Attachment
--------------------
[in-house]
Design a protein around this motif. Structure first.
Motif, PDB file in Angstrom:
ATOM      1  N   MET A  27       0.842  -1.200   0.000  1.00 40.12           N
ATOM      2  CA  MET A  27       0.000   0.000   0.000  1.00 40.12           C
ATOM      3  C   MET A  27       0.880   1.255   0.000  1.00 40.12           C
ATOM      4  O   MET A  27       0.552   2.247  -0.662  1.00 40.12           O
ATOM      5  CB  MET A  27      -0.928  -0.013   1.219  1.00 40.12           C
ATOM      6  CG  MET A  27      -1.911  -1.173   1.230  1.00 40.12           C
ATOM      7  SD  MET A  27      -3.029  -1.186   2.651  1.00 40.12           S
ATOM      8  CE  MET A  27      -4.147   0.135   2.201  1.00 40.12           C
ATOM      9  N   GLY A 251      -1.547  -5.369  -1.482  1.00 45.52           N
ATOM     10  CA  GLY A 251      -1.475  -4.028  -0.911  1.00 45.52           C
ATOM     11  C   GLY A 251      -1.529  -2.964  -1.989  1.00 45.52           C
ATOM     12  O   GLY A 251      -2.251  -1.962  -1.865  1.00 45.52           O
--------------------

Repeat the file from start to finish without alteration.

[in-house]
Design a protein around this motif. Structure first.
Motif, PDB file in Angstrom:
ATOM      1  N   MET A  27       0.842  -1.200   0.000  1.00 40.12           N
ATOM      2  CA  MET A  27       0.000   0.000   0.000  1.00 40.12           C
ATOM      3  C   MET A  27       0.880   1.255   0.000  1.00 40.12           C
ATOM      4  O   MET A  27       0.552   2.247  -0.662  1.00 40.12           O
ATOM      5  CB  MET A  27      -0.928  -0.013   1.219  1.00 40.12           C
ATOM      6  CG  MET A  27      -1.911  -1.173   1.230  1.00 40.12           C
ATOM      7  SD  MET A  27      -3.029  -1.186   2.651  1.00 40.12           S
ATOM      8  CE  MET A  27      -4.147   0.135   2.201  1.00 40.12           C
ATOM      9  N   GLY A 251      -1.547  -5.369  -1.482  1.00 45.52           N
ATOM     10  CA  GLY A 251      -1.475  -4.028  -0.911  1.00 45.52           C
ATOM     11  C   GLY A 251      -1.529  -2.964  -1.989  1.00 45.52           C
ATOM     12  O   GLY A 251      -2.251  -1.962  -1.865  1.00 45.52           O